Flying cars are taking off soon. How about flying boats too? – Info Entrepreneurship
A laconic billboard caught my attention as I was driving north on US-101, the coastal highway leading through Silicon Valley to San Francisco. Flying cars are coming. Are you ready?
It was a pitch for the new nanodegree program “Flying Cars and Autonomous Flight” offered by Udacity, the cutting-edge distance learning platform launched by two Stanford instructors. “Flying cars and drones are the future of transportation, and they will massively change the world,” says Sebastian Thrun, Udacity’s president and the CEO of Kitty Hawk, the company that recently launched the flying taxi “Cora” and the flying car “Flyer.”
So while we all eagerly await for cars to fly, I can’t help but think it is apropos that flying boats get their chance to shine too. The Tetrahedron Pyramid superyacht and the Enata Foiler 41 are two examples receiving press coverage in recent months.
Yet, despite the billions of dollars spent on R&D, the flying boats of today are still utilizing hydrofoil technology that dates back to the turn of the twentieth century. Foils affixed to the bottom of a hull will lift the vessel out of the water as its speed increases which creates a levitating effect and the illusion of a flying yacht.
But hydrofoils have two significant issues that ultimately impede the technology’s success. The first is “sea state” meaning wave height. When the depth of a vessel’s foils is lower than an oncoming wave, a hydrofoil will crash into the wave unless it slows down considerably below its lift speed. The second issue is sonic cavitation, the complicated physics phenomenon no one has been able to solve that causes hydrofoils to vibrate excessively at speeds above 60mph.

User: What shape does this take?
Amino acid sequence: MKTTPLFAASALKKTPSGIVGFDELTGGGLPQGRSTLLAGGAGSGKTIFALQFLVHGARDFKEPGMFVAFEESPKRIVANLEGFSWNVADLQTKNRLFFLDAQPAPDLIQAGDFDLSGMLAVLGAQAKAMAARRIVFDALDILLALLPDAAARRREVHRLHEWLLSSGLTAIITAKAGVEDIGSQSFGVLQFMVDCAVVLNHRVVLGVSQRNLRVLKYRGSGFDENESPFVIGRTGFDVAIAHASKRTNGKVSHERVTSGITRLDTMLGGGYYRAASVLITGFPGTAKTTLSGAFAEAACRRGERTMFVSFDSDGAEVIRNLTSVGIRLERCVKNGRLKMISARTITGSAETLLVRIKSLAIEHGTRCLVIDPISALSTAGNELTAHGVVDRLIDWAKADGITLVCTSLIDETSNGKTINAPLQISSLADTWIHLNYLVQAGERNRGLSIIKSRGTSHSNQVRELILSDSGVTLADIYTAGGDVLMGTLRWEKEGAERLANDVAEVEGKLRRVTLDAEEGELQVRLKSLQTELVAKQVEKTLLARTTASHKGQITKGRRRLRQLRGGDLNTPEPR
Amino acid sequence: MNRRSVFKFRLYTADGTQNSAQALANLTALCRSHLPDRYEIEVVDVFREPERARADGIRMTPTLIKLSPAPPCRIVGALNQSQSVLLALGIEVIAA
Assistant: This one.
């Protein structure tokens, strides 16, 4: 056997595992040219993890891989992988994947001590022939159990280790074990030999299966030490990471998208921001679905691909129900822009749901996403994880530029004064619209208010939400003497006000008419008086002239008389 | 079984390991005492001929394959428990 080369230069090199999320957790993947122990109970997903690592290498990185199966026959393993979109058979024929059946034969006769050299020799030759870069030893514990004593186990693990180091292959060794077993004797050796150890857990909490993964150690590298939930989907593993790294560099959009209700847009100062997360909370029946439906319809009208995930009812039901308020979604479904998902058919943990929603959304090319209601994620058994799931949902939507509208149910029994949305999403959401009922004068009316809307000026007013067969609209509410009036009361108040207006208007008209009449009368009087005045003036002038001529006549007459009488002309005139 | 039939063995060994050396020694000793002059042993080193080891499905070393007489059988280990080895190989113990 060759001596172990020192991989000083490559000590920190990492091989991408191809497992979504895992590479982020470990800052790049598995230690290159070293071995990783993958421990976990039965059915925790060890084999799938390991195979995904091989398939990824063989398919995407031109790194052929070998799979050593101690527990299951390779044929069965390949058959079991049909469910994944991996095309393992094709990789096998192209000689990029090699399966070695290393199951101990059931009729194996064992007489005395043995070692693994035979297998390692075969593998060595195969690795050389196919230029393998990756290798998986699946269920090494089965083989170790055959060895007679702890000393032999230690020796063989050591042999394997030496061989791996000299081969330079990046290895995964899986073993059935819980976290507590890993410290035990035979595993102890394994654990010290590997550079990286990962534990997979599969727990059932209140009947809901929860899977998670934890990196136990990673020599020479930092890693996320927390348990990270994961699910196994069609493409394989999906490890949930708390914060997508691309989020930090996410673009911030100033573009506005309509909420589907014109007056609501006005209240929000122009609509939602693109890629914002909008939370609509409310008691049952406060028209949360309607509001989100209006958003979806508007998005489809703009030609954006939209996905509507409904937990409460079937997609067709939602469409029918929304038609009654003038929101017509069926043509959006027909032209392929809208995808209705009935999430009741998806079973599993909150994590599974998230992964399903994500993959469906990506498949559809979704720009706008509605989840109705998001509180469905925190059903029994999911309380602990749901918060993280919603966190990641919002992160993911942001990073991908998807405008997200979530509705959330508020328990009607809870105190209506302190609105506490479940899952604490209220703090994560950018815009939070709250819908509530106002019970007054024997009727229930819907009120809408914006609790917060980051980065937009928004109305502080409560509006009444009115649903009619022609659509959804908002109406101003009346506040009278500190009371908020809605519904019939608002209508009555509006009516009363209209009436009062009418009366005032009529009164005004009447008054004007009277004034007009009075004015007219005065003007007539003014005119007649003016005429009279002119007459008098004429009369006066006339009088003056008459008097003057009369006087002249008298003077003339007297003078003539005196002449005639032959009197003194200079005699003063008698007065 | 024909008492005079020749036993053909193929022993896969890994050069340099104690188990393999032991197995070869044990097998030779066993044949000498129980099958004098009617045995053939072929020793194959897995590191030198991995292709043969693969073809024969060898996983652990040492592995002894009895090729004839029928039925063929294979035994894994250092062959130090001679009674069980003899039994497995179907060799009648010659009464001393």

So as cars take to the air, how do we get boats to do the same? And why would we want to? The second question is simpler than the first. The waterways of our planet are untapped highways, yet traveling on them by high-speed ferry or personal yacht is a slow (under 50mph) and often uncomfortable, seasick-evoking process that wreaks havoc on the environment. But the sea, covering our planet as it does, is still a mightily intriguing way to move people, goods, and services.
That brings me to explain the Amphfoil, a newly patented “flying boat” that offers an advancement beyond hydrofoils. The Amphfoil uses marine technology to achieve an electric surface flying vessel that morphs, as speed increases, from power catamaran to hydrofoil to surface effect craft (or WIG-Wing in Ground Effect). Its ability to operate in surface effect allows the Amphfoil to reach speeds of over 100mph.
Besides its speed over water and its nautical range, one of the most critical aspects of the Amphfoil is that it is not subjected to aviation regulations because it has a “trim arm” that touches the water at all times allowing it to remain, always, a boat.
Since the Amphfoil is designed to range from 16ft to 85ft with fully customized interiors, it can be used as a personal superyacht; a shadow vessel; a tender limousine; a high-speed ferry; a supply vessel for offshore stations; or even a coastal defense vessel for rescue operations and shoreline protection. And with its quiet, low-emission, solar and wind assisted electric hybrid propulsion, the Amphfoil is also “green,” thereby eliminating adverse impacts on shorelines and protecting the environment from pollution.
Flying cars are coming soon. Let’s hope flying boats are too.
Article Prepared by Ollala Corp